Civilian UFO researchers and enthusiasts have soundly criticized these undertakings for what they see as evidence of bias and secrecy. Nevertheless, in all these cases, officials publicly concluded that most reports of UFOs were explicable and presented no reason for concern, and that the residue of inexplicable cases did not pose a national security threat.

In short, the ODNI Preliminary Assessment is all too familiar. Modern investigation of UAPs has been hampered by inconsistent standards of reporting and limited resources, and as in the past, officials on the whole appear unruffled by such reports. And once again, government agencies leave room for ambiguity in admitting that there are a number of anomalous incidents.

ODNI’s preliminary report does break some new ground, however. It clearly states that most unidentified aerial phenomena reported are physical objects. It also admits that a culture of dismissiveness and ridicule within the military and intelligence communities has inhibited witnesses from coming forward, which may partly explain the shortcomings in reporting. In fact, the Preliminary Assessment appears to open the way for more scientists and technical experts to join the discussion, although how they should do that remains unclear.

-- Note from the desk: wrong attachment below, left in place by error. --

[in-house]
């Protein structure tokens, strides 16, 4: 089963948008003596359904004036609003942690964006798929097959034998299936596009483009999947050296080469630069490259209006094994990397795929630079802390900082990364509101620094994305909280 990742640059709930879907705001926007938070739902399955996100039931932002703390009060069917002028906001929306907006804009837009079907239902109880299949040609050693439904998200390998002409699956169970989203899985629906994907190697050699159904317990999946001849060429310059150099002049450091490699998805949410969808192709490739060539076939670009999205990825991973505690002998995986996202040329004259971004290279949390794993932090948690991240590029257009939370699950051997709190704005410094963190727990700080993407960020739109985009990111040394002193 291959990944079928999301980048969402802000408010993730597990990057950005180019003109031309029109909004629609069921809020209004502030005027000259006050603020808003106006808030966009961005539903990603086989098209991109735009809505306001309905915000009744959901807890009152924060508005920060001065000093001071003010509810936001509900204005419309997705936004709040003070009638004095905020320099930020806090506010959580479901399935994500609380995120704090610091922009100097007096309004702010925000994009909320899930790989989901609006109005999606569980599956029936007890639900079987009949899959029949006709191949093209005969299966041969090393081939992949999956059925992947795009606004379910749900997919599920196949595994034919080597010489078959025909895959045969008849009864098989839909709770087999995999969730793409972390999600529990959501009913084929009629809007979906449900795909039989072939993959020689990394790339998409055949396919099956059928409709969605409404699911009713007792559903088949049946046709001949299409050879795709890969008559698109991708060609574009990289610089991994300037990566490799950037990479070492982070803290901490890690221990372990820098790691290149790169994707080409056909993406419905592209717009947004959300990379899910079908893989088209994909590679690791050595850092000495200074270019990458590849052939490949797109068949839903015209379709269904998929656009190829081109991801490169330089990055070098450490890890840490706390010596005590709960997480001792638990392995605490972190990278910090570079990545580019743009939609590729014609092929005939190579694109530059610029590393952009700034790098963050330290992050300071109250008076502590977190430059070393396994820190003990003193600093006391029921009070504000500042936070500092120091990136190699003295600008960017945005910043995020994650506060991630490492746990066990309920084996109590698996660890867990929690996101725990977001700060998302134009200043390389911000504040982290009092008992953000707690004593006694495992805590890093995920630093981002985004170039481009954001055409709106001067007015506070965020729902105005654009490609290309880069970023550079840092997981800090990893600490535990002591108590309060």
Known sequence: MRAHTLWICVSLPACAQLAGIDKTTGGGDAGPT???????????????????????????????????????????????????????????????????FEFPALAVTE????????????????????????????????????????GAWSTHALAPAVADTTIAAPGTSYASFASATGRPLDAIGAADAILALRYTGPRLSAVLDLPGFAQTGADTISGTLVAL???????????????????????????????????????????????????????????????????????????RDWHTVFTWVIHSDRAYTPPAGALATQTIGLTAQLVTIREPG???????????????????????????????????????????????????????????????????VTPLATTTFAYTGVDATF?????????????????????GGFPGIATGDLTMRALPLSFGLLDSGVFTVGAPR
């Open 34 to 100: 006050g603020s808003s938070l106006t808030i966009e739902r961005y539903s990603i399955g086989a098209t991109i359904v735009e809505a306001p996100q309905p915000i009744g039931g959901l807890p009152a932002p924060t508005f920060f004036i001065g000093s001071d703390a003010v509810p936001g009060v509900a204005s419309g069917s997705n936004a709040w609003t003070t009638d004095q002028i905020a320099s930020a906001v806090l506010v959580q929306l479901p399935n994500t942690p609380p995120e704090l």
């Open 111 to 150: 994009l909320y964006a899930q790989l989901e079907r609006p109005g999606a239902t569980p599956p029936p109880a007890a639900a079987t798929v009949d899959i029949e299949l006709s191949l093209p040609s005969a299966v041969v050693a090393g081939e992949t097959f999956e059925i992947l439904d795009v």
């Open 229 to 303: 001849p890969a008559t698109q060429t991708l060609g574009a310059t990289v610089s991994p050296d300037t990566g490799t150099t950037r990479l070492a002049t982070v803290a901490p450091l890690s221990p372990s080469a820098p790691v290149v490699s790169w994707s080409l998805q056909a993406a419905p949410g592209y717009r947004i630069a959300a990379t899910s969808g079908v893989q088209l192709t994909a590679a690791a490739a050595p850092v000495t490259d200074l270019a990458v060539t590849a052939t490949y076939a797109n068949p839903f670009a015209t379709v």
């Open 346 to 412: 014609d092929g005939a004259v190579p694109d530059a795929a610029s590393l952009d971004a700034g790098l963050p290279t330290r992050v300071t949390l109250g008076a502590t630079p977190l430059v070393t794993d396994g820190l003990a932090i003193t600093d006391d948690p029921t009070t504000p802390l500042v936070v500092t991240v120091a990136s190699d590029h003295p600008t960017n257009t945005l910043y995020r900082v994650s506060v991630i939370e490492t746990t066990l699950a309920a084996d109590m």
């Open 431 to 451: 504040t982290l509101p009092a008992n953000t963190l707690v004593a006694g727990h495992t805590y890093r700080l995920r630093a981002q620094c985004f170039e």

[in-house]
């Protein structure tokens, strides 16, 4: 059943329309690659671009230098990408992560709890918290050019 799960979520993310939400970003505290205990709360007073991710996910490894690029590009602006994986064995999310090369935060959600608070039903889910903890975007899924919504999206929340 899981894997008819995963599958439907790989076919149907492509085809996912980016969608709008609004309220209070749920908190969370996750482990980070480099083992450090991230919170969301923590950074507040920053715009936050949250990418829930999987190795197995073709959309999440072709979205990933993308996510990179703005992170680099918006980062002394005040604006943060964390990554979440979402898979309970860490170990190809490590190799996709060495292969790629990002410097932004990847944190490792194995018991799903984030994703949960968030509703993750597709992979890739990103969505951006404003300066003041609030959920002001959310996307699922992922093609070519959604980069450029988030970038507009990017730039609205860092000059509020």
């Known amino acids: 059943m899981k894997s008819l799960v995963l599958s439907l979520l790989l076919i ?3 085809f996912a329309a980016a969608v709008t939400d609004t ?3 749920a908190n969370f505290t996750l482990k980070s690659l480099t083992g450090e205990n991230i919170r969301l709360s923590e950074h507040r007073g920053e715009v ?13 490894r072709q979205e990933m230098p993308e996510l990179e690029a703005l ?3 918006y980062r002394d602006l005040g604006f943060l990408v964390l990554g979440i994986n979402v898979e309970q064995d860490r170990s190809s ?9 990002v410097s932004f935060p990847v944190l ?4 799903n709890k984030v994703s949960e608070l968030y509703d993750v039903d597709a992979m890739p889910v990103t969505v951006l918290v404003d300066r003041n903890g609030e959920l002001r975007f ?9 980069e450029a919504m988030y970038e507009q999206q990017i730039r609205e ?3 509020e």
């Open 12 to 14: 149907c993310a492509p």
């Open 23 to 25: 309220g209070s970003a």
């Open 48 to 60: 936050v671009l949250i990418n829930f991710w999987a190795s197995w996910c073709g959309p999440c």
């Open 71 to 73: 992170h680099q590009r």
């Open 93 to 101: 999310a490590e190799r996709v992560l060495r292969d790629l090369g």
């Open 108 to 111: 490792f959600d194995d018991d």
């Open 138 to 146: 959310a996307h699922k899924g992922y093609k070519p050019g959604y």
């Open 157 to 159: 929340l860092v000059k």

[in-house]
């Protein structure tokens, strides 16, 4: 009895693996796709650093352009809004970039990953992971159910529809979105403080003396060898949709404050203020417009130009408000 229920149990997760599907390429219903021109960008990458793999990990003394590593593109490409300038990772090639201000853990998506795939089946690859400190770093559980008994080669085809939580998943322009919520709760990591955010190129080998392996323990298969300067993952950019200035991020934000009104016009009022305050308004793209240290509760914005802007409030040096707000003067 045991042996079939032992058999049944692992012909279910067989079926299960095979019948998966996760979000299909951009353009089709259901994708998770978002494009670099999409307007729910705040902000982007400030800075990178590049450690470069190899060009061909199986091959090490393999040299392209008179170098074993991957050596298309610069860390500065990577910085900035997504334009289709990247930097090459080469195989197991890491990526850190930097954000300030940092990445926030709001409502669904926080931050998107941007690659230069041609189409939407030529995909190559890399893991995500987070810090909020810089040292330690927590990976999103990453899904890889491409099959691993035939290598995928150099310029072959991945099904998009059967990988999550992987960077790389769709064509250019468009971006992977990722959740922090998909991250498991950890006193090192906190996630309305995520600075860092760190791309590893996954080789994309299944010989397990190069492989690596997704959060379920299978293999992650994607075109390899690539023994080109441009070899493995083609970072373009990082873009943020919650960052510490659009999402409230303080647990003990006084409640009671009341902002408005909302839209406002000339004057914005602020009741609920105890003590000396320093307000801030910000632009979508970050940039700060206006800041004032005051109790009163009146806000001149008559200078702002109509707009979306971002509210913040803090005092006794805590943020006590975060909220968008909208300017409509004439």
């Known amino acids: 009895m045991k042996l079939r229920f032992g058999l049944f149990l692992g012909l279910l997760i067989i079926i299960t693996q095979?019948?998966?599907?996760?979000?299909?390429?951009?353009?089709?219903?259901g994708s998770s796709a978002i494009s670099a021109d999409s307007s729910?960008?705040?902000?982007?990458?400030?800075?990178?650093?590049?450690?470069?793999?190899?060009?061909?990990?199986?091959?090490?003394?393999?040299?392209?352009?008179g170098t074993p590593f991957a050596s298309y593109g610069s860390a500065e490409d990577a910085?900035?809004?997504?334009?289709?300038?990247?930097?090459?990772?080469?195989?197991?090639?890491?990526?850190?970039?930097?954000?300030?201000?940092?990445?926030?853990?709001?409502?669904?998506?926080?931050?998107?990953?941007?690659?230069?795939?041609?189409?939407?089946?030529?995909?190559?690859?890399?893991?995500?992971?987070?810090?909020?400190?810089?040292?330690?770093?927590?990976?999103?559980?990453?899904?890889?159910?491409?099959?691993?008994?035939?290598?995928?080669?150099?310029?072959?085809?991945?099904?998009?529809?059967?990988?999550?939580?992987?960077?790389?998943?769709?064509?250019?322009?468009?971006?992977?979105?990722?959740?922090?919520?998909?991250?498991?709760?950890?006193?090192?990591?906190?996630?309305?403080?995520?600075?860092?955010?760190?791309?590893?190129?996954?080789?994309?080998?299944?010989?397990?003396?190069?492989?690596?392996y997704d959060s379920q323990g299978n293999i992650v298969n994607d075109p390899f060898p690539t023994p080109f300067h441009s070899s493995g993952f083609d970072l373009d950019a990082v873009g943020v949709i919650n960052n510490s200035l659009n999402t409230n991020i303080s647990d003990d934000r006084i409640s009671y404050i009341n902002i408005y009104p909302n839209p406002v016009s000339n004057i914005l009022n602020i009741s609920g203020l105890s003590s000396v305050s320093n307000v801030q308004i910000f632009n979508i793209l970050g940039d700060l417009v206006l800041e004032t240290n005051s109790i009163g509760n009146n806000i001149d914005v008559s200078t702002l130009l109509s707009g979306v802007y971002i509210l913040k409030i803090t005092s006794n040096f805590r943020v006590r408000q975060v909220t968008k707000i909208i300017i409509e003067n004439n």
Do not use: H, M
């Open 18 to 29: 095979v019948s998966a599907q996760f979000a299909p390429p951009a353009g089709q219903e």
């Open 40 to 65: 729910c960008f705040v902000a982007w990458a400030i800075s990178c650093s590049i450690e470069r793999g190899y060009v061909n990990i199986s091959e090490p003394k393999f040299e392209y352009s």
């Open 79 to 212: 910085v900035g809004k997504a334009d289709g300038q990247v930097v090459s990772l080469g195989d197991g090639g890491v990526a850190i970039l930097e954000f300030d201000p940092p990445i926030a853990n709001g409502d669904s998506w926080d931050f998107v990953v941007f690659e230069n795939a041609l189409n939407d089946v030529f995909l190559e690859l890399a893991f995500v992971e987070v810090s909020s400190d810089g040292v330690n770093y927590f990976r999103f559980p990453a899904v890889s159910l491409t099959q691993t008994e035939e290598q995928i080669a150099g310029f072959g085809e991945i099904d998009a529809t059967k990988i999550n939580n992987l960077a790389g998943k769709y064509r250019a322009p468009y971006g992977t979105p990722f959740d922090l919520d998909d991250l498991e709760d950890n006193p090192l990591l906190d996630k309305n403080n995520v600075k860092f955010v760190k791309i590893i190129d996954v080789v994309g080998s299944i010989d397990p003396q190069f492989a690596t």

We can expect that intelligence analysts will continue to monitor the situation. Activists will take to social media to demand full disclosure by government agencies. And both skeptics and believers in alien visitation will come away feeling that their side has won the day. Far from the end of the UFO controversy, this is just the beginning of a new chapter.

About Greg Eghigian

Greg Eghigian is a Professor of History at Penn State University. He is presently writing a book about the history of the UFO and alien contact phenomenon.